MID-RANGE: Hotel Ibis Styles: Cosy and clean rooms in the Vasastan district, which is ideal for those looking for a quieter area and affordable accommodation. With public transport you are in the centre in a few minutes, as well as at the main train station.

Hotel ibis Styles

BUDGET/MID-RANGE: Castle House Inn: Comfortable, stylish hotel right in the historic center with everything at your fingertips. There is a choice of rooms with private or shared bathrooms, so even those travelling on a budget can choose.

BUDGET: Den Röda Båten: Very popular accommodation in comfortable cabins on a boat in the centre of Stockholm. Within walking distance to the station and with a beautiful view from the cabin window. Breakfast, restaurant, wifi included.

Accommodation in cabins on Den Röda Båten

Prices and food in Stockholm

In a cheaper restaurant, you’ll pay around 130 SEK for lunch, 22.50 SEK for water and 70 SEK for a domestic beer. Dinner in a restaurant for two ranges from SEK 600-1200.

The average prices of basic foodstuffs are as follows:

  • Milk 1 l – 15,22 SEK
  • White bread 500 g – 28,76 SEK
  • Eggs 12 pcs – 39,86 SEK
  • Cheese 1 kg – 102,52 SEK
  • Chicken breast 1 kg – 121,94 SEK
  • Bananas 1 kg – 26,38 SEK
  • Water 1,5 l – 15,14 SEK
  • Potatoes 1 kg – 14,54 SEK

Swedish cuisine is based mainly on dishes of herring, reindeer, smoked salmon, elk, meatballs.

You can also try the Swedish national drink, aquavit, at lunch. It is distilled from potatoes or grain and flavoured with herbs and spices (most commonly cumin).

Or try the street food, which is excellent here and starts at around 50 SEK. For a snack or a quick lunch, 7-Eleven and Pressbyran are great chains where you can also get vegetarian and vegan meals, salads, hot dogs or bagels. 7-Eleven has good yogurts with muesli and fruit.

Stockholm guide

The food from the mobile vans on the Hornstulls Marknad . It’s also a flea market right on the waterfront. It is open on weekends 11:00-17:00.

Restaurants offer lunch buffets around midday, where you can eat for around SEK 130. It’s a popular choice with the locals, so it fills up fast. Try, for example, buffet restaurants Herman’s in the Södermalm district and Hermitage in Gamla Stan.

Want to blend in with the locals? Have a fika. That’s what the locals call the afternoon ritual of having coffee with a cinnamon bun. They stop and enjoy a moment of leisure. Alone or with friends.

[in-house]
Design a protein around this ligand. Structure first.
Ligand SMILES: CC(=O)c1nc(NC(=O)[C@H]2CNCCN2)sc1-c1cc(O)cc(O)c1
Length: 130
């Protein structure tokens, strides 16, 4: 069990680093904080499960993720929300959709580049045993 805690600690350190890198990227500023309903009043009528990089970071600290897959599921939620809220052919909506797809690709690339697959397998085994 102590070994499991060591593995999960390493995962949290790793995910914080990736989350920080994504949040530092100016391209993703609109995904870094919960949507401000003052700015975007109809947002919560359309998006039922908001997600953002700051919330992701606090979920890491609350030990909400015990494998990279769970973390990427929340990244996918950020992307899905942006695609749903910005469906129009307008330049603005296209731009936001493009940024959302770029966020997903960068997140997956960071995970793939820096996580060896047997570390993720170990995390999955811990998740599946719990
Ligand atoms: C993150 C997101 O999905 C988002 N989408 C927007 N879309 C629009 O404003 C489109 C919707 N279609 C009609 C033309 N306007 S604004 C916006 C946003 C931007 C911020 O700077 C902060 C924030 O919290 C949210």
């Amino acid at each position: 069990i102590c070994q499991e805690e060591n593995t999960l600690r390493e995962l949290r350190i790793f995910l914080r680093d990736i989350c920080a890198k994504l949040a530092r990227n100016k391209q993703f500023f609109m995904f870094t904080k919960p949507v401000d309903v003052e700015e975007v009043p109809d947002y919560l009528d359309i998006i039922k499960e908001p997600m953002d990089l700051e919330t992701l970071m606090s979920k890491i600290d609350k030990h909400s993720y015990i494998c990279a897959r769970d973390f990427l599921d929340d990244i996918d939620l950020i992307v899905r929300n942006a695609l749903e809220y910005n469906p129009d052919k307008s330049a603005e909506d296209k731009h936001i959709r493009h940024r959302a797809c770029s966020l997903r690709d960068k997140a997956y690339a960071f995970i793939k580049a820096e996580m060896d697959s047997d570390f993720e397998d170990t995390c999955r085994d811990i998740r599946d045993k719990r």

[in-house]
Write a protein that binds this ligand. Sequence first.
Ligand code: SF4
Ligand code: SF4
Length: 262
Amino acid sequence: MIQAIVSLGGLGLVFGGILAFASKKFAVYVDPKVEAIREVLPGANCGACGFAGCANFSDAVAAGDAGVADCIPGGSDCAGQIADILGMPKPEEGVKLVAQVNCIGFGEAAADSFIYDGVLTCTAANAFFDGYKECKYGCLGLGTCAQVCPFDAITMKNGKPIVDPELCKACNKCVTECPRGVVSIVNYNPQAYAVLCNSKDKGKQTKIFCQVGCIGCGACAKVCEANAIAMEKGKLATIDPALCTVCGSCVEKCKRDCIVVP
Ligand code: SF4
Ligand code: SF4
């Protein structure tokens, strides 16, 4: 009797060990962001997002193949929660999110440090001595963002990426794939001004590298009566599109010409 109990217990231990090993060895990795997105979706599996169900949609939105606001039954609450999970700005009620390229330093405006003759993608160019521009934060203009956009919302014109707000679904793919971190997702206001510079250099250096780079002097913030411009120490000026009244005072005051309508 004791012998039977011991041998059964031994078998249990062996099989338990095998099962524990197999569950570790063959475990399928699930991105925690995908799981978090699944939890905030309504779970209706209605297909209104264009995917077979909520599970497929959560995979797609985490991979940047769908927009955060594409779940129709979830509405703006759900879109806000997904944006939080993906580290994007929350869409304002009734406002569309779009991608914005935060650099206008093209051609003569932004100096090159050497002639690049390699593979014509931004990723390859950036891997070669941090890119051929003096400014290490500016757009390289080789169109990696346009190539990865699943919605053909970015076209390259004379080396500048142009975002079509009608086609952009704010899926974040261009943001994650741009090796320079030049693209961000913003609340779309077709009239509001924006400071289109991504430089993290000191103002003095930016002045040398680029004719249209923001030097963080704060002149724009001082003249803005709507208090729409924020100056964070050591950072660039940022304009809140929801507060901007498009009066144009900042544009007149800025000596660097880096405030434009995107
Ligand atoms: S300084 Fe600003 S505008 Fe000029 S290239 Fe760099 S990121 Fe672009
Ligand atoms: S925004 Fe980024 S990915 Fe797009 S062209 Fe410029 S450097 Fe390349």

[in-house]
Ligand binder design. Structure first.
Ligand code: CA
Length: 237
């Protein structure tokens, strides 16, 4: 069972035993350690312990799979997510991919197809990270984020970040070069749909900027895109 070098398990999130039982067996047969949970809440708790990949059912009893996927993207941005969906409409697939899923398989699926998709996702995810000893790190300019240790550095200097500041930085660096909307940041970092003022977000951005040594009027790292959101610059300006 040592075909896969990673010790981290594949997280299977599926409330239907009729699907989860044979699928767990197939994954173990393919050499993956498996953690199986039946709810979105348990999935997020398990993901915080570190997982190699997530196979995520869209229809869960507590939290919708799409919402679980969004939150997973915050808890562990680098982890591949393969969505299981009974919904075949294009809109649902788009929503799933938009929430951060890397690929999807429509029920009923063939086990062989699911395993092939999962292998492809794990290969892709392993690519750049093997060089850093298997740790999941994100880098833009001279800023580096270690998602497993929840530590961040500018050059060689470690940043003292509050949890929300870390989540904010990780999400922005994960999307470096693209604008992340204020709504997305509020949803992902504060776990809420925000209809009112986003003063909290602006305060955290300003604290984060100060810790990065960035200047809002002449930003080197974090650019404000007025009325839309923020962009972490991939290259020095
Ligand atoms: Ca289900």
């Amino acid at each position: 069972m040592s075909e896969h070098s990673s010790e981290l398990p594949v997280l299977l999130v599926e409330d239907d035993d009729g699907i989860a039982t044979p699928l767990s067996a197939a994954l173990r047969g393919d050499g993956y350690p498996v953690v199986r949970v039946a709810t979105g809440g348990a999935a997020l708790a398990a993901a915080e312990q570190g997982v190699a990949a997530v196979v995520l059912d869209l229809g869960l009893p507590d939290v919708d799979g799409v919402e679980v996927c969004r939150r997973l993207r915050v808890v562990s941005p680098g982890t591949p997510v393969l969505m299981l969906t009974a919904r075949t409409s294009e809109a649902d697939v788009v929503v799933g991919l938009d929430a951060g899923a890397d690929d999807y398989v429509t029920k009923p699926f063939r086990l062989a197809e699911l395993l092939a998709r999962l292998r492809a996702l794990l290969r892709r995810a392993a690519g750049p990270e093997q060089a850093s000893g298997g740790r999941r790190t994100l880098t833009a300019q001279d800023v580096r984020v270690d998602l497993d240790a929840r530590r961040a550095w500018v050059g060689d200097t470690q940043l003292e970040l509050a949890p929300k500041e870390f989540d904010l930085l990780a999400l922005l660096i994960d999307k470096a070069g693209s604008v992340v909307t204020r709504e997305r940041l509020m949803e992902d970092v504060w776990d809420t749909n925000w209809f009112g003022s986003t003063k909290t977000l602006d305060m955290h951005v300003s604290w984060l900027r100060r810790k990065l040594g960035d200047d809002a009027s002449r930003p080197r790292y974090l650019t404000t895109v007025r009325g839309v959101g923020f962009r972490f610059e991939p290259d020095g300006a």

There are drinking fountains all over the city, so you can refill your bottle anywhere. Moreover, the water here is one of the cleanest in the world.

When to visit Stockholm?

The main season here runs from June to August. The busiest month ever is August. The summer temperatures are pleasant and the days are long.

Do you want to explore the city in peace? Choose to visit in spring (April, May) or autumn (September, October). There are noticeably fewer tourists and the temperatures are pleasant.

From November onwards, temperatures start to get colder in Stockholm, so if you want to experience Stockholm under a white blanket, this is the perfect time.

There’s a real Scandinavian Christmas atmosphere during Advent, plus free ice skating on the public skating rinks in the city parks during the winter months. Just keep in mind that the days are much shorter. On the other hand, entrance fees to sights and accommodation are usually cheaper.

Stockholm guide

How to save in Stockholm?

Stockholm is one of those places where a few tips on how to save money really come in handy.

Stockholm Pass – A tourist card that gives you free entry to a wide range of sights, attractions and museums. Admission fees can be a pain in Stockholm, and if you’re planning to visit more than one place, the Stockholm Pass can save you a lot of money.

Most sights, museums and attractions offer reduced admission for students, and children and young people are often free up to the age of 18.

Street food – Stockholm is famous for its food. And it doesn’t matter whether you’re splashing around in a fancy restaurant or a moving truck on the street. There is one big difference – you pay many times less on the street.

Avoid restaurants along the main shopping thoroughfare of Drottninggatan and in the old town of Gamla Stan. It has the most tourists, hence the highest prices.

Travel cards – standalone public transport tickets are expensive, so if you plan to use public transport more often, look for a travel card that gives you unlimited travel for a pre-selected number of days. Or take advantage of unlimited sightseeing bus or boat travel within Stockholm Pass .

Free sights – even in Stockholm you can visit places that are completely free: the National Library of Sweden, the National Museum and the Modern Museum.

Stockholm – map

HOW TO USE THIS MAP: Above you will find a detailed map of Stockholm. Click at the top left of the map to see separate layers with highlighted locations. You can hide and show the different layers or click on the icons on the map to see the names of the places I mention in the Stockholm guide. If you want to save the map, star it. For a larger version, click on the icon in the upper right corner.

If you have a question about the Stockholm guide, let us know in the comments below. Have a safe journey!

More information about Stockholm

STOCKHOLM: See tips on what to see in Stockholm (entrance fees, opening times, map, photos). The Stockholm Pass is one way to save money in Stockholm.

HELSINKI: Check out the best places to visit in Helsinki (including a map and information